Subject: Excess fermentation and bad beer
Date: 1989-07-07 01:02:25 GMT
Although our first two batches of ale have turned out decent enough (the
second batch was awarded a number of complements by guests who weren't
even drunk yet) we have had problems with the aging process (the beer,
not ourselves so far). While the first weeks of top popping go well, after
a few more weeks at ca. 75 - 80 degree temperatures (or even lower here
at the lab) the brew fizzes excessively and then foams all over the place
when poured, and raises somewhat of a stink. Only a loving father coul
drink such a poor production.
My question is: Do we have a problem with wild yeasts or the method of
our aging? I have noticed that the brew kept in the fridge held up well, and
even improved -- although I'm certain that as the brew became scarcer, each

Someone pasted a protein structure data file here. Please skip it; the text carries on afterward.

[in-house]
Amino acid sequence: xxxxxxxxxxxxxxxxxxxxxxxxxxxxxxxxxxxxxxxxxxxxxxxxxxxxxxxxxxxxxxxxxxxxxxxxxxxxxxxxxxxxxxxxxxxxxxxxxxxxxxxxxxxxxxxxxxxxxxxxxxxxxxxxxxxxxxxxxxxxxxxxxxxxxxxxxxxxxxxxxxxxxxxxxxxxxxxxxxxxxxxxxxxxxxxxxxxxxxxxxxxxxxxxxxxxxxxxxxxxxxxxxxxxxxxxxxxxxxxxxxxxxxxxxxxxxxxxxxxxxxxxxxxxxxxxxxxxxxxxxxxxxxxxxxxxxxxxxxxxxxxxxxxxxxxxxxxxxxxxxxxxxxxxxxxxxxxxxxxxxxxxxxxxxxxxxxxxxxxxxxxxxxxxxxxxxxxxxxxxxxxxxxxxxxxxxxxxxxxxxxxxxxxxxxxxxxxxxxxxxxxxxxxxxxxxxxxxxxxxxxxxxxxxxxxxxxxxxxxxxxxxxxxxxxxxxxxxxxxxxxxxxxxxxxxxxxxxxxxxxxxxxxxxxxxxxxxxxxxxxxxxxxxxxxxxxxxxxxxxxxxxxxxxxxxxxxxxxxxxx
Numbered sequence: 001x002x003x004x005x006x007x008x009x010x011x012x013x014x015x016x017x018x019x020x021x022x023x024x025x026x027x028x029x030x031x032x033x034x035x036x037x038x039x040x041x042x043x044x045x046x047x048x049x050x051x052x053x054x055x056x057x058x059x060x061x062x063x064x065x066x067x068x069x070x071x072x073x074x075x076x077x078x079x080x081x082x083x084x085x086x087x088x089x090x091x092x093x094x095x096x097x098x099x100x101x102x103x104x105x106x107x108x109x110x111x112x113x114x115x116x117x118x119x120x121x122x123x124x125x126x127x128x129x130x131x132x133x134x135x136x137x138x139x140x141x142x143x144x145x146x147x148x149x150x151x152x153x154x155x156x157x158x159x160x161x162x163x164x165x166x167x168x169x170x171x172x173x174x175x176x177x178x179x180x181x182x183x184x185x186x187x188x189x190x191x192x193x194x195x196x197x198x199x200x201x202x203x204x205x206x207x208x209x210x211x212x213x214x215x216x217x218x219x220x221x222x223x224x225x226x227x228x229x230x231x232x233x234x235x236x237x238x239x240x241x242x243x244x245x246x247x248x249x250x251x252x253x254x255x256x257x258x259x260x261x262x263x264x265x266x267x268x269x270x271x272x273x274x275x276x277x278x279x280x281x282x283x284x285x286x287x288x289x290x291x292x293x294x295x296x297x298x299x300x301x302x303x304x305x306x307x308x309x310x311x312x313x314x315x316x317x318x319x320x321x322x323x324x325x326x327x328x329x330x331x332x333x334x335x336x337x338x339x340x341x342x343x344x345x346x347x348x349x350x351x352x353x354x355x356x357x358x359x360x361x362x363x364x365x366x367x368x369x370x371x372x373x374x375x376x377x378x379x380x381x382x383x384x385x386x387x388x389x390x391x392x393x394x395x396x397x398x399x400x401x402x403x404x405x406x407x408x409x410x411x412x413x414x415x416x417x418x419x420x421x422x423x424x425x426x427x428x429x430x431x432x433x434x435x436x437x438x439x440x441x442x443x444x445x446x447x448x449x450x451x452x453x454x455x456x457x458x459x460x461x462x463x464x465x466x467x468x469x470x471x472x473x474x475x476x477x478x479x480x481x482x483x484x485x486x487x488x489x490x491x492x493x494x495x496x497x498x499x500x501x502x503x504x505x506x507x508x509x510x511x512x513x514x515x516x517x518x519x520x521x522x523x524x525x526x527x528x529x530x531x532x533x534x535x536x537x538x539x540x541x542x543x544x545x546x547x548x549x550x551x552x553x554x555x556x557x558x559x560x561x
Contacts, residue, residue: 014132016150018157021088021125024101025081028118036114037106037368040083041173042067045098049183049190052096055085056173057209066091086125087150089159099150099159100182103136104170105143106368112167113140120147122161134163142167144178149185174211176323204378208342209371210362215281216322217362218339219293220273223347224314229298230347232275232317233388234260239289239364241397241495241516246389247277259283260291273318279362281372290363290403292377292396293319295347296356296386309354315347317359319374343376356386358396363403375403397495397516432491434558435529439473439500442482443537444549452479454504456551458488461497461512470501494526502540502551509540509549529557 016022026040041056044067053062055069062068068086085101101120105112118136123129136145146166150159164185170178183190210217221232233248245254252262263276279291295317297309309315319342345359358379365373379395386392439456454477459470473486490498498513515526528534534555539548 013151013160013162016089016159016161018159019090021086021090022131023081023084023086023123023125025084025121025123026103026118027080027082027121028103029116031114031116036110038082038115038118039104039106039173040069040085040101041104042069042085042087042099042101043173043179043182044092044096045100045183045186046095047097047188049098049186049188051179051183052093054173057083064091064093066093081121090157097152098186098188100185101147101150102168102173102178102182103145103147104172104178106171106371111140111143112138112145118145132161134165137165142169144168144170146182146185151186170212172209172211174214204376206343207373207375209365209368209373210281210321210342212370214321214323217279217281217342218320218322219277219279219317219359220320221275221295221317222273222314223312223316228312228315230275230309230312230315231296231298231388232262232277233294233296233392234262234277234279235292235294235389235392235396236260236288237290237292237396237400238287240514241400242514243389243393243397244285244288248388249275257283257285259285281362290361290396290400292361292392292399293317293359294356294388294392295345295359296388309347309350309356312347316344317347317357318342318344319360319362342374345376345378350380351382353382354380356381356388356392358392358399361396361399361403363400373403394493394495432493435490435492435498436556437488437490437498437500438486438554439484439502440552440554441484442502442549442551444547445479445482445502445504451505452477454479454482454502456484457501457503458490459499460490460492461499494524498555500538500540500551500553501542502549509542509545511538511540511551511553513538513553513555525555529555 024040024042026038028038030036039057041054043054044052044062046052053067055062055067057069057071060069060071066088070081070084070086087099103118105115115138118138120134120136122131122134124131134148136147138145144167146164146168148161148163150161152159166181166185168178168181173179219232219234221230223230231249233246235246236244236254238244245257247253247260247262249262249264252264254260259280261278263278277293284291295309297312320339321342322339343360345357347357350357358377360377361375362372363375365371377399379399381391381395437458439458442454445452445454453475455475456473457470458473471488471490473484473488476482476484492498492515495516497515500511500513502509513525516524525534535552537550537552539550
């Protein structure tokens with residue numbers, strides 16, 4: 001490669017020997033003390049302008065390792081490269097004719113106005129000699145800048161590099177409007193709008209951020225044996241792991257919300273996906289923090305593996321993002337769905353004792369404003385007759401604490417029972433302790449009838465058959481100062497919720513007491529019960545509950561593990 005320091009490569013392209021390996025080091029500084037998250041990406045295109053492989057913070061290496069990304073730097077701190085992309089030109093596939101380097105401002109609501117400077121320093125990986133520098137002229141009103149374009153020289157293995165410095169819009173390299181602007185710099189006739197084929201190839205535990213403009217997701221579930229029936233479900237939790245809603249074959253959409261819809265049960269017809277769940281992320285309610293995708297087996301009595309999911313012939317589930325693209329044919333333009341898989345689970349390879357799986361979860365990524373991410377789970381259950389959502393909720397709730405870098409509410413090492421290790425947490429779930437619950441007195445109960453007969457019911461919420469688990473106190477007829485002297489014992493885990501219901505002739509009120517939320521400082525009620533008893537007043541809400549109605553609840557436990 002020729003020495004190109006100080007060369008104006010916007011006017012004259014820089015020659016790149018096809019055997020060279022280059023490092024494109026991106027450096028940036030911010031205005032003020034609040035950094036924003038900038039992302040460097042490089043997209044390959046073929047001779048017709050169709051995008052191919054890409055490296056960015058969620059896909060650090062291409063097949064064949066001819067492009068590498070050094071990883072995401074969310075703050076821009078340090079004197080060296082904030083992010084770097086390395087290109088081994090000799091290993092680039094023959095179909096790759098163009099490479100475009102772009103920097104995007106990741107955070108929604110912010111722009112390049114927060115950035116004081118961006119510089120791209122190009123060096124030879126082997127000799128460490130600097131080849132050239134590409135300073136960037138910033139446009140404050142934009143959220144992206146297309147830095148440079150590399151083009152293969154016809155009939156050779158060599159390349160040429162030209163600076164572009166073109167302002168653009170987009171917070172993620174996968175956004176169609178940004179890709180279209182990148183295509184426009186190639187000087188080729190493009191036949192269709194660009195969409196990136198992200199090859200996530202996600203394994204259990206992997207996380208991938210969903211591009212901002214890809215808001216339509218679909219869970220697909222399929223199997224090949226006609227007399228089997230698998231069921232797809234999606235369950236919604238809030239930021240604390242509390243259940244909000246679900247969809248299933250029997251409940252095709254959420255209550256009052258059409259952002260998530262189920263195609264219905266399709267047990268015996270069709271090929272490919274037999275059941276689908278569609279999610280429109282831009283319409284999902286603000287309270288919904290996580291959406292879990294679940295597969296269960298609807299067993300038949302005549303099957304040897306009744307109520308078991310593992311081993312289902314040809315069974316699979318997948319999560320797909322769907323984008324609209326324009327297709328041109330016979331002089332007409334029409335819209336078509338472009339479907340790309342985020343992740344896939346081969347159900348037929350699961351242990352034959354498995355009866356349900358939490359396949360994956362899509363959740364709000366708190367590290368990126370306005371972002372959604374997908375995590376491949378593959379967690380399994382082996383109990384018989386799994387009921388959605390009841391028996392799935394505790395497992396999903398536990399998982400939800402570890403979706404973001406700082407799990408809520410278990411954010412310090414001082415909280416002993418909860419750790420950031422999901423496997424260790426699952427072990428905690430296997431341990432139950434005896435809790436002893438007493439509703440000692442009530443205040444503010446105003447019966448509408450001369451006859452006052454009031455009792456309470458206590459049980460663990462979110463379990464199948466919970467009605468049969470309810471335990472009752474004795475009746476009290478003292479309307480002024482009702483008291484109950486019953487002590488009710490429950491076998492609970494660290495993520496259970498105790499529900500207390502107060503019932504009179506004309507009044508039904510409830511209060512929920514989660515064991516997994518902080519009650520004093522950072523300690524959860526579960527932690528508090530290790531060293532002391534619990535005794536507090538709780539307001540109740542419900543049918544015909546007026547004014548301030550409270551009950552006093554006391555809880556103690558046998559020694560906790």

bottle was enjoyed more. But the stuff left in the cupboard deteriorated within
a matter of a month.
Another matter entirely: My friend is interested in visiting the local feed
store in order to sprout his own barley or whatever -- i.e., make this here
brewing process cheaper than purchasing a nice sixpack of Pacifico and one
of Watneys for later. If any of you out there are the victims of overtight
pursestrings, please let me know of a horsefeed ale worth brewing and
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